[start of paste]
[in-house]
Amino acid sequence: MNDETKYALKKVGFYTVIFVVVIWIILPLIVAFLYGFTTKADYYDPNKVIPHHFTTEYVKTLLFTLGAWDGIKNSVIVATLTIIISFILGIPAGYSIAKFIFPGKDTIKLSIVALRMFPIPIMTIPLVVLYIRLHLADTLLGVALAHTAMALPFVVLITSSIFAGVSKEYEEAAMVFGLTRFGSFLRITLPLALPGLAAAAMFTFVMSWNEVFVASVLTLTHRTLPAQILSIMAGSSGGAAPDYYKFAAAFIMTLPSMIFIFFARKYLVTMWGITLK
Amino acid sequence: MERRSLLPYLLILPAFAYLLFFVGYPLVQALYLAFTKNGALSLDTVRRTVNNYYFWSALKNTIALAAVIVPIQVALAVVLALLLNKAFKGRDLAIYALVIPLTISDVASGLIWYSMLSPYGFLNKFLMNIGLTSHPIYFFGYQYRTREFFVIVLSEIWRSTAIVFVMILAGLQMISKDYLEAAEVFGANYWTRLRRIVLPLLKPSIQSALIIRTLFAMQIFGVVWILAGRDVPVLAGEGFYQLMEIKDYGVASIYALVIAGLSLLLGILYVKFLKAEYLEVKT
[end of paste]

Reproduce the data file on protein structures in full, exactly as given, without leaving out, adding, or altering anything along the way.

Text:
[in-house]
Amino acid sequence: MNDETKYALKKVGFYTVIFVVVIWIILPLIVAFLYGFTTKADYYDPNKVIPHHFTTEYVKTLLFTLGAWDGIKNSVIVATLTIIISFILGIPAGYSIAKFIFPGKDTIKLSIVALRMFPIPIMTIPLVVLYIRLHLADTLLGVALAHTAMALPFVVLITSSIFAGVSKEYEEAAMVFGLTRFGSFLRITLPLALPGLAAAAMFTFVMSWNEVFVASVLTLTHRTLPAQILSIMAGSSGGAAPDYYKFAAAFIMTLPSMIFIFFARKYLVTMWGITLK
Amino acid sequence: MERRSLLPYLLILPAFAYLLFFVGYPLVQALYLAFTKNGALSLDTVRRTVNNYYFWSALKNTIALAAVIVPIQVALAVVLALLLNKAFKGRDLAIYALVIPLTISDVASGLIWYSMLSPYGFLNKFLMNIGLTSHPIYFFGYQYRTREFFVIVLSEIWRSTAIVFVMILAGLQMISKDYLEAAEVFGANYWTRLRRIVLPLLKPSIQSALIIRTLFAMQIFGVVWILAGRDVPVLAGEGFYQLMEIKDYGVASIYALVIAGLSLLLGILYVKFLKAEYLEVKT